Photo by Ben Goldstein | Studio D
Foodborne Illness: Food safety — An overview
Each year, contaminated food sends an estimated 128,000 victims to the hospital, and it kills some 3,000 children and adults.
In her investigative article “Why Your Food Isn’t Safe,” Schuster Institute for Investigative Journalism Senior Fellow Madeline Drexler teamed with Good Housekeeping magazine and investigated and carefully detailed serious lapses and failures in U.S. food safety policies and practices. In her investigation, Drexler points to specific actions government agencies should take to reduce the frequency and severity of serious, sometimes deadly, foodborne illness outbreaks. She also offers steps consumers can take to protect themselves from foods bought in grocery stores, farm markets, and restaurants.
Immediately after the article became public, two federal agencies responsible for different aspects of food safety announced positive changes recommended in Drexler's article that will better protect the consumer.
- The United States Department of Agriculture (USDA) announced on Monday, September 12, 2011, that it is extending the ban on E.coli in ground beef to include six toxic strains.
- Two days later, the Food and Drug Administration (FDA) addressed another of the article's suggestions and announced on Wednesday, September 14, 2011, that it is establishing a foodborne illness outbreak response network.
Each year in the United States, about 48 million people–
1 in 6 Americans–get sick from something they ate. Contaminated food causes sends 128,000 victims to the hospital. And it kills 3,000 children and adults.
Public health officials identify some 1,000 disease outbreaks annually–but these documented epidemics don’t suggest the full scope of the problem. According to the U.S. Centers for Disease Control and Prevention (CDC), the vast majority of reported cases of foodborne illness crop up as individual or "sporadic" cases–but may be actually part of unrecognized widespread or diffuse foodborne illness outbreaks.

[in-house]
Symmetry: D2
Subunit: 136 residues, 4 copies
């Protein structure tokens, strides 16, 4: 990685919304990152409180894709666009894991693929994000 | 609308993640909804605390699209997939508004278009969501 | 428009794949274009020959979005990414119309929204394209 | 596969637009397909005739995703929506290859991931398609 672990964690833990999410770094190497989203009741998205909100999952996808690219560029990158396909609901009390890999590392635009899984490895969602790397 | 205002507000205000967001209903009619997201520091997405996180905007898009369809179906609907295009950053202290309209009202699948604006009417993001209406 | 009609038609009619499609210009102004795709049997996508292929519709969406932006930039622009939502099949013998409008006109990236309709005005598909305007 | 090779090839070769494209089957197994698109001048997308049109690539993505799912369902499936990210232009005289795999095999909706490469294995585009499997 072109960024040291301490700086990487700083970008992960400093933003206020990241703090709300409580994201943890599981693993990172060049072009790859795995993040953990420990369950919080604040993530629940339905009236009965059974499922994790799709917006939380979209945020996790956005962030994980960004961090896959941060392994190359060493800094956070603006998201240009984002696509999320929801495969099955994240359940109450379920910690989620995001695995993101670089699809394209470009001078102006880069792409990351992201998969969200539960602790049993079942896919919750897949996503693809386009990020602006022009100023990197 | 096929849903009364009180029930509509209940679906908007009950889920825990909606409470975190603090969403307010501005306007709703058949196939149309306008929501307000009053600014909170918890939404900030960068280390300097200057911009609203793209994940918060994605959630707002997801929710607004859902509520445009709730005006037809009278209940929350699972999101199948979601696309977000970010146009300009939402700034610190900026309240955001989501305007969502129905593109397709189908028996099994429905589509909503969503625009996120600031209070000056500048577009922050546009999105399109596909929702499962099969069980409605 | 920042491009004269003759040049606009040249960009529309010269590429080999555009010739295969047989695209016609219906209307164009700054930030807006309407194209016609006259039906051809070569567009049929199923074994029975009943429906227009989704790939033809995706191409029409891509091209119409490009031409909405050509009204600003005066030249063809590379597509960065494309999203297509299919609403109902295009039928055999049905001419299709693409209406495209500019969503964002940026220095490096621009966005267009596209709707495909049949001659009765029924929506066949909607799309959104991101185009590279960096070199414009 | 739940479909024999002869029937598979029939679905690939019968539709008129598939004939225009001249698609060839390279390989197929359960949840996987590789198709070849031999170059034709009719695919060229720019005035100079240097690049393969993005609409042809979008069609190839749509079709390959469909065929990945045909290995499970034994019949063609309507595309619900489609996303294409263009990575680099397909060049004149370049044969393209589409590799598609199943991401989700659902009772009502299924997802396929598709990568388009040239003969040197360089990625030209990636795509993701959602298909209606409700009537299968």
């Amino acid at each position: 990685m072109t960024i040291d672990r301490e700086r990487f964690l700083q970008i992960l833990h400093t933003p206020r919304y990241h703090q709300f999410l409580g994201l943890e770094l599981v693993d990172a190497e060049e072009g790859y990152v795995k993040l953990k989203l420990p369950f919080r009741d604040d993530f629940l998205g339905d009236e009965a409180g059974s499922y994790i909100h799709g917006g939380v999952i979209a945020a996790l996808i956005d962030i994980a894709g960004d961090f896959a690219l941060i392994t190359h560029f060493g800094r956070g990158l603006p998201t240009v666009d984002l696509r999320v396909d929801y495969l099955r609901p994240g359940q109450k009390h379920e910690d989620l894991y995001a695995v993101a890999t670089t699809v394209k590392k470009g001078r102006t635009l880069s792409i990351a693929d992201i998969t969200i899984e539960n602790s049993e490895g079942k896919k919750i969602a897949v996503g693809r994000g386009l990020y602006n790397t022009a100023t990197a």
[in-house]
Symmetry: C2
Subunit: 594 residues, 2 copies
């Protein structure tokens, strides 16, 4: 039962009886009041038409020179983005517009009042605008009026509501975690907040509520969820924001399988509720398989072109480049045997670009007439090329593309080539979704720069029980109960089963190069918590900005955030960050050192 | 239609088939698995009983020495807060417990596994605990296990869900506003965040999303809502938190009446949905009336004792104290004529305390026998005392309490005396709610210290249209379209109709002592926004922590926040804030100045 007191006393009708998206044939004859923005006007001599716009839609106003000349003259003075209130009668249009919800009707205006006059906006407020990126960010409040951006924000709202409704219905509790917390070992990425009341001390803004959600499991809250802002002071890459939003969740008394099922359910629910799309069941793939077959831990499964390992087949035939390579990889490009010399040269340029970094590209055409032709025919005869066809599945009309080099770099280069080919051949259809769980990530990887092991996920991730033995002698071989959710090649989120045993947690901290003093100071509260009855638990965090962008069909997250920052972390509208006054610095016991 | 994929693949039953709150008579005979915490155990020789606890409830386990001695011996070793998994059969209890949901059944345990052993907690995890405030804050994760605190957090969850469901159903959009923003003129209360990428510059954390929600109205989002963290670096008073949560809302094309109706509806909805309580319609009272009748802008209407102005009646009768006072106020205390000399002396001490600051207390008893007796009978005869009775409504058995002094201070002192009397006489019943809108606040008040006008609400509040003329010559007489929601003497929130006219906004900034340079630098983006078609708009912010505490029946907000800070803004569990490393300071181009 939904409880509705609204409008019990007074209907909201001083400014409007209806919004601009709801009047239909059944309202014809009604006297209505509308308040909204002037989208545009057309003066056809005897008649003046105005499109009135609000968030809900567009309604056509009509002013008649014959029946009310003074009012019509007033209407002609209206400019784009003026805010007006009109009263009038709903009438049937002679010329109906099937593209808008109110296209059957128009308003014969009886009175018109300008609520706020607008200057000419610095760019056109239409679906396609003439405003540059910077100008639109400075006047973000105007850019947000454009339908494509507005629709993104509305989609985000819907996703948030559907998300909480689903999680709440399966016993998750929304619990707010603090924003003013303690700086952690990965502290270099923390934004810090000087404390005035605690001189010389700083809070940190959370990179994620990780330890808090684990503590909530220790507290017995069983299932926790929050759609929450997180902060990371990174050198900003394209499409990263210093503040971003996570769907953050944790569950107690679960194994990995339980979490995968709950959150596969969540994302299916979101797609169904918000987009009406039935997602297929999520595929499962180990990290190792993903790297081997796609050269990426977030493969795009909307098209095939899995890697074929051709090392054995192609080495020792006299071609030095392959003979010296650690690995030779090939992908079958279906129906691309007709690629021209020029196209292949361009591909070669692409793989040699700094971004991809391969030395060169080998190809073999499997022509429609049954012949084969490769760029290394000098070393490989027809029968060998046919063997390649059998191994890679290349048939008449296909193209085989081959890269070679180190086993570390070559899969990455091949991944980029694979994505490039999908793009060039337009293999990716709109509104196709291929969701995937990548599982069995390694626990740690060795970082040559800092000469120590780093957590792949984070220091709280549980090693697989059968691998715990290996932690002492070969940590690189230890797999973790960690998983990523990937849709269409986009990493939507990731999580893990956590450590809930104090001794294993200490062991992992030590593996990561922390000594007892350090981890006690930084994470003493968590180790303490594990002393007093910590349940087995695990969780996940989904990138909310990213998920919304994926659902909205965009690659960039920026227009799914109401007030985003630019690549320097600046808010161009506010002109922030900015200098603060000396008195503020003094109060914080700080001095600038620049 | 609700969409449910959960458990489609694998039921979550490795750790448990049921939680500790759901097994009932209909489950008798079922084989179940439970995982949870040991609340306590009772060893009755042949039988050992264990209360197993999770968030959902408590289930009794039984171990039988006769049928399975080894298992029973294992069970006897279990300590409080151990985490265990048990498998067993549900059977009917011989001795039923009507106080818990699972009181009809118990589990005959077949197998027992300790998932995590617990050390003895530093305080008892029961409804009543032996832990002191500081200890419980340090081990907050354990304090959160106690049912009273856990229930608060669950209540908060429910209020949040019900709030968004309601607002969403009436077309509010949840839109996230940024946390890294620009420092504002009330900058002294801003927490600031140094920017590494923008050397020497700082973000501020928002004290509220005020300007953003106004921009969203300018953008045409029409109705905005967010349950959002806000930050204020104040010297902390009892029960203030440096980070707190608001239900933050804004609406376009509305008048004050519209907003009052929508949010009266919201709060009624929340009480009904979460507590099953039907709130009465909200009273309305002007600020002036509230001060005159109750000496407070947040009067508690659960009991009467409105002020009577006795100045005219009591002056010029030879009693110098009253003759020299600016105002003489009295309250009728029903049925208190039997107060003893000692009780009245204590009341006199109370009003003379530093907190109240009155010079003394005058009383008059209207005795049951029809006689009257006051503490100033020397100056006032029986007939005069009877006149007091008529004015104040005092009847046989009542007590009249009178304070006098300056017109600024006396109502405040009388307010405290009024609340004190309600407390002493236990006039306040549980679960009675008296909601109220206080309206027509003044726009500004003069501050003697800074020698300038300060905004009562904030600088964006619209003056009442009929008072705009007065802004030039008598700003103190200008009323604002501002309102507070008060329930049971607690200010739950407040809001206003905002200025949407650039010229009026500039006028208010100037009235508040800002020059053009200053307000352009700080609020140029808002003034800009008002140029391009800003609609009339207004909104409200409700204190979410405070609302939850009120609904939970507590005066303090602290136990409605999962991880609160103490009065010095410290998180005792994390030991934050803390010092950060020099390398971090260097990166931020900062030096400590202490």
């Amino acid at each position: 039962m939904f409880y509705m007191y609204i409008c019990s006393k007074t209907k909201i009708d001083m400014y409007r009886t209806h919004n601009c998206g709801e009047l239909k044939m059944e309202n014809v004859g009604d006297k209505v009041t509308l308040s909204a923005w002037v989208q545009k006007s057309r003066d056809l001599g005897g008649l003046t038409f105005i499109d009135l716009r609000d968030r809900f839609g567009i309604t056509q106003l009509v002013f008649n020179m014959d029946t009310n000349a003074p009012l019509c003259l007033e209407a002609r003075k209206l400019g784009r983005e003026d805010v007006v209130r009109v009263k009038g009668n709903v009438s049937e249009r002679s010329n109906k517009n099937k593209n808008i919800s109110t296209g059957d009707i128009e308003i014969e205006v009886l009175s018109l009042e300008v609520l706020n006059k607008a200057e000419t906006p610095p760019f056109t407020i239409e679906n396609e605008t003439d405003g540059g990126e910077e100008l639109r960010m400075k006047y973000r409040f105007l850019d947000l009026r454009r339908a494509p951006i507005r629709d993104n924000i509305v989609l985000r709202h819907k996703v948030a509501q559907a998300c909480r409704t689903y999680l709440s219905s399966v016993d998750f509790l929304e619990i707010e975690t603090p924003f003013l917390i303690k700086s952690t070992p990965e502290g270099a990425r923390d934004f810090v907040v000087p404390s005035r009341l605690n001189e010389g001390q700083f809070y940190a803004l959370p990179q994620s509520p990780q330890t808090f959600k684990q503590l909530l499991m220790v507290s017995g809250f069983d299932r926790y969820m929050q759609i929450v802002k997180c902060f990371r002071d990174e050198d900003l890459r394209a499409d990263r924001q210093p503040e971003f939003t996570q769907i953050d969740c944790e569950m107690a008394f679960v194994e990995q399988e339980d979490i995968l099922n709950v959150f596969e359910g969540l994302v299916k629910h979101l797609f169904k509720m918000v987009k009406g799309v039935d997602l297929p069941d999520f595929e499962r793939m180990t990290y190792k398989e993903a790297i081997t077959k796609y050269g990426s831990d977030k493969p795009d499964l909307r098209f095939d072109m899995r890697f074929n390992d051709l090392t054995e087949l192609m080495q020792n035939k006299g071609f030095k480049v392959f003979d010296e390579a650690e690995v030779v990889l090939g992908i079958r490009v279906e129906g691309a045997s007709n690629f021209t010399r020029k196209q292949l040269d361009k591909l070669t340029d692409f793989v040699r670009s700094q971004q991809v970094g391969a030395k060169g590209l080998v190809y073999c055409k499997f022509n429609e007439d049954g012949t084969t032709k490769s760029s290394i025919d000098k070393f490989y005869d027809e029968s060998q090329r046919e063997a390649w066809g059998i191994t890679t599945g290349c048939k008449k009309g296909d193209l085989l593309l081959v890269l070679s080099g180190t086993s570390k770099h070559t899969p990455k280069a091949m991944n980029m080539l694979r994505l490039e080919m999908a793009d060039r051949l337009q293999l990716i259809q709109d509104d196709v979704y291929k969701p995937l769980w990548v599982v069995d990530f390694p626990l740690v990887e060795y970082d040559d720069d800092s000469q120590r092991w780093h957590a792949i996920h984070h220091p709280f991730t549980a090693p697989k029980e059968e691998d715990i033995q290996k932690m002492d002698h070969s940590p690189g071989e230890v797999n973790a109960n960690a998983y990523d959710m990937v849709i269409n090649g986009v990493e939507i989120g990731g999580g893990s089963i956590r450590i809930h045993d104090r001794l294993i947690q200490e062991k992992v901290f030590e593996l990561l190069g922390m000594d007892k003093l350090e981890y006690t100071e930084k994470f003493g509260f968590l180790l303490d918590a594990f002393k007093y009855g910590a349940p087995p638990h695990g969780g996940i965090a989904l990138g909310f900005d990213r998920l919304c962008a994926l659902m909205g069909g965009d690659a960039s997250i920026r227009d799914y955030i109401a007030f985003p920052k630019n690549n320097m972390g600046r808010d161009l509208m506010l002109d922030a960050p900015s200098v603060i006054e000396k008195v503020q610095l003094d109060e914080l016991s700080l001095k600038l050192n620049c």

While the total numbers represent a drop from 1999 (when the last big government report on foodborne illness was published), the decline has not been as sharp in recent years. Data from CDC’s surveillance program FoodNet show that most of the decrease in illness took place between 1996 and 2000, with little improvement since then (see p.890).
Weekly headlines broadcast the ever-present threat:
- E. coli in ground beef.
- Salmonella in peanut butter.
- Listeria in lunch meat.
- Campylobacter in raw chicken.
This spring, an emerging strain of E. coli in raw sprouts–dubbed O104:H4–killed more than 50 people in Germany and France (including a U.S. traveler) and sickened thousands–one of the most dramatic food-related epidemics on record.
Earlier this year, we saw signs of progress. In January, President Barack Obama signed the landmark Food Safety Modernization Act (FSMA), the largest expansion of the FDA’s food safety authorities since the 1930s. But the new law never received funding from Congress–in effect, making it irrelevant. That kind of one-step-forward, two-steps-back approach frustrates food safety advocates–many of whom have seen loved ones succumb to preventable foodborne infections.
“Sometime I just shake my head at how long we’ve been fighting this fight,” says Nancy Donley, President of STOP Foodborne Illness, an organization she founded in 1993 after her six-year-old son and only child, Alex, died after eating an E.coli-contaminated hamburger at a family cookout.
“It’s true, we have the safest food supply in the world–because we have protections in place,” says New York Senator Kirsten Gillibrand, who is spearheading tough legislation on food safety reform. “But it doesn’t mean it can’t be safer.”
Unless otherwise noted, all content about foodborne illness and food safety policy is written by Madeline Drexler, Schuster Institute senior fellow.
Copyright © 2011 Schuster Institute for Investigative Journalism at Brandeis University, Waltham, MA.
Last page update: September 15, 2011